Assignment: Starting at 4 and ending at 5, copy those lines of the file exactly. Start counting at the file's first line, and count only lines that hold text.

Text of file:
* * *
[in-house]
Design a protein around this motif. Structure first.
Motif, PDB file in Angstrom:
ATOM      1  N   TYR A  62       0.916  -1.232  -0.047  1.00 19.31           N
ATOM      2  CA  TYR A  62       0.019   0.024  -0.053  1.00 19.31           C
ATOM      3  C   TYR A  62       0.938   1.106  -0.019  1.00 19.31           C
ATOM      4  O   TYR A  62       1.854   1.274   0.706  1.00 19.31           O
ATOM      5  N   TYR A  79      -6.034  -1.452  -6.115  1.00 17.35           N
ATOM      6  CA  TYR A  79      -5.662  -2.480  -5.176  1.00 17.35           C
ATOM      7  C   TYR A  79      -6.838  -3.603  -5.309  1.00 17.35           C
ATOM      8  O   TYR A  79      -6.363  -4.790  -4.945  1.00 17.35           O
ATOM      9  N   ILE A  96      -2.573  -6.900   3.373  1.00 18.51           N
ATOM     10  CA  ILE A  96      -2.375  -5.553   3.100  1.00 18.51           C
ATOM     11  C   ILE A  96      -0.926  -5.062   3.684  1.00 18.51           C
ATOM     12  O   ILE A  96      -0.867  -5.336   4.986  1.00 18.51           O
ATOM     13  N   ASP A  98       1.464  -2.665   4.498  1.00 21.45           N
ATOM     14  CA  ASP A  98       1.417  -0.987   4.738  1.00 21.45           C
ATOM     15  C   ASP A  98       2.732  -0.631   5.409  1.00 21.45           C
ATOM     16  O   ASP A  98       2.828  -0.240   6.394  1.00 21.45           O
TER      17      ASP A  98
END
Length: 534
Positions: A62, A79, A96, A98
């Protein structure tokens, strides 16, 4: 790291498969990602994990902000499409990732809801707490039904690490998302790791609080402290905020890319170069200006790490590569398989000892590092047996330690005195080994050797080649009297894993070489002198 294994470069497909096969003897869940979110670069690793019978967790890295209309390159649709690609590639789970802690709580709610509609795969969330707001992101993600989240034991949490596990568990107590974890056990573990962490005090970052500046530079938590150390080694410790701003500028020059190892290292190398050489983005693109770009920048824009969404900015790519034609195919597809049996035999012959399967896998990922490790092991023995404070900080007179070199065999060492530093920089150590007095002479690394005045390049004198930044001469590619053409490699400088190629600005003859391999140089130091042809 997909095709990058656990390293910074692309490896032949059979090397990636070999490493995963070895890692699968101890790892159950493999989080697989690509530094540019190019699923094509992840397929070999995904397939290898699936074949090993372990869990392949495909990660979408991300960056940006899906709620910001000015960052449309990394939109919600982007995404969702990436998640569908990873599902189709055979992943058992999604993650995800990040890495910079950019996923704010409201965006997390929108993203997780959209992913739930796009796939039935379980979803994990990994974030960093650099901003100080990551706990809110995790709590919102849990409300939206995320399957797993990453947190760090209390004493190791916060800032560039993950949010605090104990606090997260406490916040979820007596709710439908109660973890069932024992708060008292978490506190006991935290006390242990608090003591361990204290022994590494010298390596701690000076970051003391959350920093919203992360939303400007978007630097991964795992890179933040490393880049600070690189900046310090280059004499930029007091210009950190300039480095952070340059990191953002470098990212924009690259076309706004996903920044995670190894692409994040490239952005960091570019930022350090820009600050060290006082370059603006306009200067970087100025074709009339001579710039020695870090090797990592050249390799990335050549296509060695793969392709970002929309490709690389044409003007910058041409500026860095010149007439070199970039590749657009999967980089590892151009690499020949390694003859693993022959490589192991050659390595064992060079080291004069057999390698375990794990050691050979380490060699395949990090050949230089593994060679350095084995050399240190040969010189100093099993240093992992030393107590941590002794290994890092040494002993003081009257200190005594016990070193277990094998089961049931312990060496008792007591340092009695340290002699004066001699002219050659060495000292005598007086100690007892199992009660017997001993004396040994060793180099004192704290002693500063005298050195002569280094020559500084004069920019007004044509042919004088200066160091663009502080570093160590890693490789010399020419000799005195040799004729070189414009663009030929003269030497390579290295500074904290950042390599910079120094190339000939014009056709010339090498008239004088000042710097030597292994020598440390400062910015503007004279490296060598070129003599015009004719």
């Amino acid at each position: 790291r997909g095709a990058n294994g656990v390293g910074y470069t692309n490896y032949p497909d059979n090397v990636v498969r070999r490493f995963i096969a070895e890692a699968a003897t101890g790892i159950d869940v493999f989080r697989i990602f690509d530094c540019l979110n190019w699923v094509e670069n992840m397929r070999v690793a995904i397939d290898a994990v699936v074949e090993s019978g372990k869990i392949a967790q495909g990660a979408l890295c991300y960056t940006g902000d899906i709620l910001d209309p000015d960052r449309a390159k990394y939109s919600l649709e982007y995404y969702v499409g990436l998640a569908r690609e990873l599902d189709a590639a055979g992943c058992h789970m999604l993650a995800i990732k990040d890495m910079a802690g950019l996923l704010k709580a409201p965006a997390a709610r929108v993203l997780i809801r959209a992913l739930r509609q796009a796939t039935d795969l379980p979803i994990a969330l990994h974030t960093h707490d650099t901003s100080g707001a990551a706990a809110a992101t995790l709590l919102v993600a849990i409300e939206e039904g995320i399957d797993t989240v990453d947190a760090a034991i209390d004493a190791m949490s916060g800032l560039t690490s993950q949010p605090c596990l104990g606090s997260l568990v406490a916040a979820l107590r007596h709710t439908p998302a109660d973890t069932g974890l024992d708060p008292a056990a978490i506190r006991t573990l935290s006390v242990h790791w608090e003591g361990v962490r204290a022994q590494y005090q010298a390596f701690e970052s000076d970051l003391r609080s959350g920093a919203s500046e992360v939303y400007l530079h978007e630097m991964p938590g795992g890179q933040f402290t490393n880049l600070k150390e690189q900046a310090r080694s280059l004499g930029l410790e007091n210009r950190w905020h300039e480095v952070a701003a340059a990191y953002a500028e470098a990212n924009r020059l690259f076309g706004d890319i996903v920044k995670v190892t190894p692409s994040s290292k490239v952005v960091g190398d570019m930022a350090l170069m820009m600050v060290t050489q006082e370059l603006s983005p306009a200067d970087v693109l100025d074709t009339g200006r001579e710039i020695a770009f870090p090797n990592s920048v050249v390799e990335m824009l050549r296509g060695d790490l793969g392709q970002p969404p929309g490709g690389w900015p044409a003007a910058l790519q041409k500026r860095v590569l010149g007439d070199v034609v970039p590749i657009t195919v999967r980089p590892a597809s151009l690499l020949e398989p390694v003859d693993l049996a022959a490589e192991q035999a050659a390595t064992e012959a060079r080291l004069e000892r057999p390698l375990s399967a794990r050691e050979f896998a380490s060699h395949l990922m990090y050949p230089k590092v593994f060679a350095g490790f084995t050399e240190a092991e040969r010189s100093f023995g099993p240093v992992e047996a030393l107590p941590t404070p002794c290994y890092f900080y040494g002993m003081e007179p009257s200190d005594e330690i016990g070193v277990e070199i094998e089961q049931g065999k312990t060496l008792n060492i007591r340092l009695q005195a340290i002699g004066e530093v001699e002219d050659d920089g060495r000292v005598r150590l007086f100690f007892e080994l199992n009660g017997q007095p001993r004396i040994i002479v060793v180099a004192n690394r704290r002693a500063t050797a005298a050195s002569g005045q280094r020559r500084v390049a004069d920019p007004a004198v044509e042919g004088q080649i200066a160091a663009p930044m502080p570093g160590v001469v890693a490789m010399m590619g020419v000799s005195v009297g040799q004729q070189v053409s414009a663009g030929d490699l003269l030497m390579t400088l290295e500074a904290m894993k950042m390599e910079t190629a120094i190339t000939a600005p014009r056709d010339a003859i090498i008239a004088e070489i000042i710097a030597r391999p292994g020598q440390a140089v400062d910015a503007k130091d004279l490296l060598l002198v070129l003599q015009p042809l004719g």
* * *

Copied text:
ATOM      1  N   TYR A  62       0.916  -1.232  -0.047  1.00 19.31           N
ATOM      2  CA  TYR A  62       0.019   0.024  -0.053  1.00 19.31           C